You can start by looking at this link to FeederWatch where they provide the top 25 birds that you’ll most commonly see in your state. (You can select your state and it’ll spit out the results)

Then, you’ll need to head over to this tool by FeederWatch again to learn more about the bird species.

Pay attention to this: After selecting a bird of choice by clicking on its picture, scroll down to the bottom and look for the feeder type. This can give you a hint on whether the feeder needs to be hung or mounted on a pole.

8. Your Bird Feeder Has Too Few Perches Nearby

Bird feeders need to be catered for birds and having no perches nearby for birds to rest and hang out is like having no seats around when you’re waiting your turn at a clinic.

You would get really tired and frustrated!

If you get a bird feeder pole like the one below, birds are able to perch onto other perches of the pole to approach the feeders:

You can purchase a feeder pole like this through this link.

This feeder pole works well if you want to have multiple bird feeders too! If you’re unsure about buying multiple bird feeders, check out an article I wrote here on how many bird feeders you need.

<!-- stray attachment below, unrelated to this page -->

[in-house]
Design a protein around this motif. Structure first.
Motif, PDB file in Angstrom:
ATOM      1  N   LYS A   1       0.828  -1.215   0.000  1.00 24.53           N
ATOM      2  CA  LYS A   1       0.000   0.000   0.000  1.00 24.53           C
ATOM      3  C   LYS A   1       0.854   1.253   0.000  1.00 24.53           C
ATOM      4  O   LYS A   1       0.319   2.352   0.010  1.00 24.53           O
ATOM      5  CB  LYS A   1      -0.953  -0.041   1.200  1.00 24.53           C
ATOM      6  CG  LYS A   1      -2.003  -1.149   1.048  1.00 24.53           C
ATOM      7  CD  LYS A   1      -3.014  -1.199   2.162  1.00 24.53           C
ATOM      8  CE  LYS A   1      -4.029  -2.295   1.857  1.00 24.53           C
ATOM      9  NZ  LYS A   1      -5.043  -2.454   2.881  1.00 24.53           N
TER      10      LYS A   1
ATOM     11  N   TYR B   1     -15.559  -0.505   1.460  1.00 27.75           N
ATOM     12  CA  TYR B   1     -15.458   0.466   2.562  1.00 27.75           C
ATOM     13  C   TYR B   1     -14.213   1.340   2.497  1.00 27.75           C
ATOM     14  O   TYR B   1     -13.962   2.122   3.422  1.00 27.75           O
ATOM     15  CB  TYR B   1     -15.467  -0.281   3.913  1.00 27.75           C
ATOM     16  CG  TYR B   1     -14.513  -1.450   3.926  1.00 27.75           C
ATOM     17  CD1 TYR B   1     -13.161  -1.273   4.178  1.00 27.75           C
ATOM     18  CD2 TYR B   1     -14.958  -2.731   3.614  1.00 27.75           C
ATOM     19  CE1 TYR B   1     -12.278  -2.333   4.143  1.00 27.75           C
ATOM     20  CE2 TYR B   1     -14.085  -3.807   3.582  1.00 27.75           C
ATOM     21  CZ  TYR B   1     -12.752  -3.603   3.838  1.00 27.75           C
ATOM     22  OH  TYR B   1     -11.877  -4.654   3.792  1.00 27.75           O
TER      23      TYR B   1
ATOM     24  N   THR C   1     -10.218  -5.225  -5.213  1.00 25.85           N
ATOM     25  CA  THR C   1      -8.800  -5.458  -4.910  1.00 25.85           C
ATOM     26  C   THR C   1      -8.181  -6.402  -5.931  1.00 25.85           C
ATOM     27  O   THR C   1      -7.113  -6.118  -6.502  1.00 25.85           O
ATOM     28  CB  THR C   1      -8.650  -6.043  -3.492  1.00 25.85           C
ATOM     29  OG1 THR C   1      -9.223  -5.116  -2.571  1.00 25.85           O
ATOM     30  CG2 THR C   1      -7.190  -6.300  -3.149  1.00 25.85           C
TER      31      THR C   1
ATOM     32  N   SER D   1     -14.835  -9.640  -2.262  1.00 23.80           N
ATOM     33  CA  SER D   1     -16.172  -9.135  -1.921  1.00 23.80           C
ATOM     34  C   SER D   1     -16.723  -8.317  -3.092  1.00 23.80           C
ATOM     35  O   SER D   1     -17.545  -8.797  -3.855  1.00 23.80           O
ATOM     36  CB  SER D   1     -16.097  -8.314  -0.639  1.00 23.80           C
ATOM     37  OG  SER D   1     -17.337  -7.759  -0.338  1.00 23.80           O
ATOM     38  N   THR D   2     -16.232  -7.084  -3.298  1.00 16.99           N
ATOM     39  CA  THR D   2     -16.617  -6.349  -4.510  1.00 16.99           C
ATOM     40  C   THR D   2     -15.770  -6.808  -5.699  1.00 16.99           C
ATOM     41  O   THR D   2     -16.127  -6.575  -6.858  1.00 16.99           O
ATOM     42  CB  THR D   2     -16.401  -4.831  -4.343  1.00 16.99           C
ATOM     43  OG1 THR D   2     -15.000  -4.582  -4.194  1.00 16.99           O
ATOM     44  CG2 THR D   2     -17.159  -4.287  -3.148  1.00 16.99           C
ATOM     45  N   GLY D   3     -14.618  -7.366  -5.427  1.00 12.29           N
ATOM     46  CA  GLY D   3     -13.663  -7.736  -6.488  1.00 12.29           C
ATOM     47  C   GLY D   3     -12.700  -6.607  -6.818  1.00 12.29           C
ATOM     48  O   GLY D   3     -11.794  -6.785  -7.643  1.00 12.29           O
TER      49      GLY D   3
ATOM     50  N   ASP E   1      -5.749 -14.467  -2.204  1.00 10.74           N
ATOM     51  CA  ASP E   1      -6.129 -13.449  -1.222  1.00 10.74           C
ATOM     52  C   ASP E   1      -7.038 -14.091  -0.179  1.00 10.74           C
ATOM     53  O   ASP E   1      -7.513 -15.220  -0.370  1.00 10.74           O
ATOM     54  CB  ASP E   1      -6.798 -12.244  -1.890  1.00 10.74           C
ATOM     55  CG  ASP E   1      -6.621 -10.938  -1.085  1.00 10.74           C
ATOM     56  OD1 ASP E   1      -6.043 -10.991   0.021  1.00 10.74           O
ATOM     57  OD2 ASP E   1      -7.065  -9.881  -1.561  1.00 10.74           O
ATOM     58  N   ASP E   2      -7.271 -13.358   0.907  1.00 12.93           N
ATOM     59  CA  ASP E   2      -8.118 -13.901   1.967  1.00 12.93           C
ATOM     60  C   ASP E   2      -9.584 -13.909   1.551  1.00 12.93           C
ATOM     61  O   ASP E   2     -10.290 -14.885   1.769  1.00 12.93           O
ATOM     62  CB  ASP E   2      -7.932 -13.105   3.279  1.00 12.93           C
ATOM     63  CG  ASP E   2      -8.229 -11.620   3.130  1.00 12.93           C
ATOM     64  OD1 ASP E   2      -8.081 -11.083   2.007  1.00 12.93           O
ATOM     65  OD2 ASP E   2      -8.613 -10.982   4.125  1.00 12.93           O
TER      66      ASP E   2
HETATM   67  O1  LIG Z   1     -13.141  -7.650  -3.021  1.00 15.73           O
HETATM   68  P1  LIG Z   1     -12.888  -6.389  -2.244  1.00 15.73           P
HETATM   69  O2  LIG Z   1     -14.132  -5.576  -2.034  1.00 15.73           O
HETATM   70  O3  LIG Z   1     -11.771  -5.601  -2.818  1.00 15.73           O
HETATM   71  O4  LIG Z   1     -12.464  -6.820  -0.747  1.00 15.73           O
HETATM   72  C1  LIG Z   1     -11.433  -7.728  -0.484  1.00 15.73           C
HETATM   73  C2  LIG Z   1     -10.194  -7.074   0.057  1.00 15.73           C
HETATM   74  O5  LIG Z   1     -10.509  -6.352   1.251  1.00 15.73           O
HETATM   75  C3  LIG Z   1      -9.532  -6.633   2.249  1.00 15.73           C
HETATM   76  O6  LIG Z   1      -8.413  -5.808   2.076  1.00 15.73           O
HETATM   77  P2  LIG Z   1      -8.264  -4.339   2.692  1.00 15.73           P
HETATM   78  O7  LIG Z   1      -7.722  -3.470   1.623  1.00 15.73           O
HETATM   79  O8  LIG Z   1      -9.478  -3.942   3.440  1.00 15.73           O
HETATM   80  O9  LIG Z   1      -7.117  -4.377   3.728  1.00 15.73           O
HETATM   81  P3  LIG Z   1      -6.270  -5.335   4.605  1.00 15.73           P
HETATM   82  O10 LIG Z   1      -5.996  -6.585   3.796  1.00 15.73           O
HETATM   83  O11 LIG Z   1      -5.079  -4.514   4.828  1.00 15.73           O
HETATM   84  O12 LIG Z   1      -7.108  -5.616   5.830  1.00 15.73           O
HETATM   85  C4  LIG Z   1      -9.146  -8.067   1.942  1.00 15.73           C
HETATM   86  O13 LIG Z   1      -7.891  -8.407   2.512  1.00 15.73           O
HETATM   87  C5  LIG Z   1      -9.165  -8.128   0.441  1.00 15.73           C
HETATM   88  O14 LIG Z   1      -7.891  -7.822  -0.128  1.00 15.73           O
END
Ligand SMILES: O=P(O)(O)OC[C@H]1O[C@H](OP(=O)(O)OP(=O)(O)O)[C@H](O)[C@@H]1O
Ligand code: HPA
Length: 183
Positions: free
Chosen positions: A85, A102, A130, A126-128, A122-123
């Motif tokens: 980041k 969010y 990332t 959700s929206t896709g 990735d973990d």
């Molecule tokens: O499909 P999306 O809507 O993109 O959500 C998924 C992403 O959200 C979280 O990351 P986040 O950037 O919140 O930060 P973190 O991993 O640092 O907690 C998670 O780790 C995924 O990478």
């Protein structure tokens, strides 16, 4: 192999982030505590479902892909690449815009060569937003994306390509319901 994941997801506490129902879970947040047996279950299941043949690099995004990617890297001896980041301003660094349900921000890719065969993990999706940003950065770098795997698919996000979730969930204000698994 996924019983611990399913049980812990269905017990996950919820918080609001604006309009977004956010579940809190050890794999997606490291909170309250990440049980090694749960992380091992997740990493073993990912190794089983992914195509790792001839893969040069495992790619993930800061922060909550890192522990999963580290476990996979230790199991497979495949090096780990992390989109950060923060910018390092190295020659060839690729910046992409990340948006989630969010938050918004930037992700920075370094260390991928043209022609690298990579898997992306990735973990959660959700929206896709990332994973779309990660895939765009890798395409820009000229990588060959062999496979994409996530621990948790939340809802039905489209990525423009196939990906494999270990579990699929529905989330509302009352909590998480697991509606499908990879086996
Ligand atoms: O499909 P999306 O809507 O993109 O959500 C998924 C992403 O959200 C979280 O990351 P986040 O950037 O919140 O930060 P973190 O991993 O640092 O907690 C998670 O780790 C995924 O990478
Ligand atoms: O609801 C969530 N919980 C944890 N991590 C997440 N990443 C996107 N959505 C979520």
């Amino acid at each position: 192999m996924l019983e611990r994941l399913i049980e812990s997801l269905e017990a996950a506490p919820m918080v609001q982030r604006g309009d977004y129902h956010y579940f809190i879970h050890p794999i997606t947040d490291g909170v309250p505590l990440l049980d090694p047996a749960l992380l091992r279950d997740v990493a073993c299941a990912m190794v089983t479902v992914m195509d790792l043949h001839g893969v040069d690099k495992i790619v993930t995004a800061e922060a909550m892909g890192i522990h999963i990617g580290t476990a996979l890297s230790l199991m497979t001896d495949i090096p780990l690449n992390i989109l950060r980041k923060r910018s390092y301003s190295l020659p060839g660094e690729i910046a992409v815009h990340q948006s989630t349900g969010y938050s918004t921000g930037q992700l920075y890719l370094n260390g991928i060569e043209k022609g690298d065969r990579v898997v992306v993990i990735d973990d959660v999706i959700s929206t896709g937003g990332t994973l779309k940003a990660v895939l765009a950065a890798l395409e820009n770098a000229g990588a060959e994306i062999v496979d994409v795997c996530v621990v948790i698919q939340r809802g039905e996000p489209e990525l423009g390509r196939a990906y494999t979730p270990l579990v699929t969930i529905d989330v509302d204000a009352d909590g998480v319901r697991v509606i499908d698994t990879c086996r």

9. Your Bird Feeder is Overwhelmed by Squirrels

If you’ve had any experience at all feeding birds, you’ll know that squirrels are our no. 1 enemy!

That’s not to say that I don’t like squirrels at all, they are actually quite cute sometimes.

But squirrels tend to dominate bird feeders often because of their abundance of seeds. When birds notice the presence of squirrels, they tend to be scared off really easily.

Just like that, your bird feeder is now a squirrel feeder!

There are some very practical steps you can take to deal with squirrels in your yard, but I’ll just recommend one that works really well.

The majority of squirrels can access bird feeders because they climb an easily climbable pole to your bird feeder, or simply jump across a gap of up to 4 – 5 feet from a nearby tree.

To prevent this from happening, you can set up a squirrel-proof feeder and a squirrel baffle at the bottom of the feeder pole.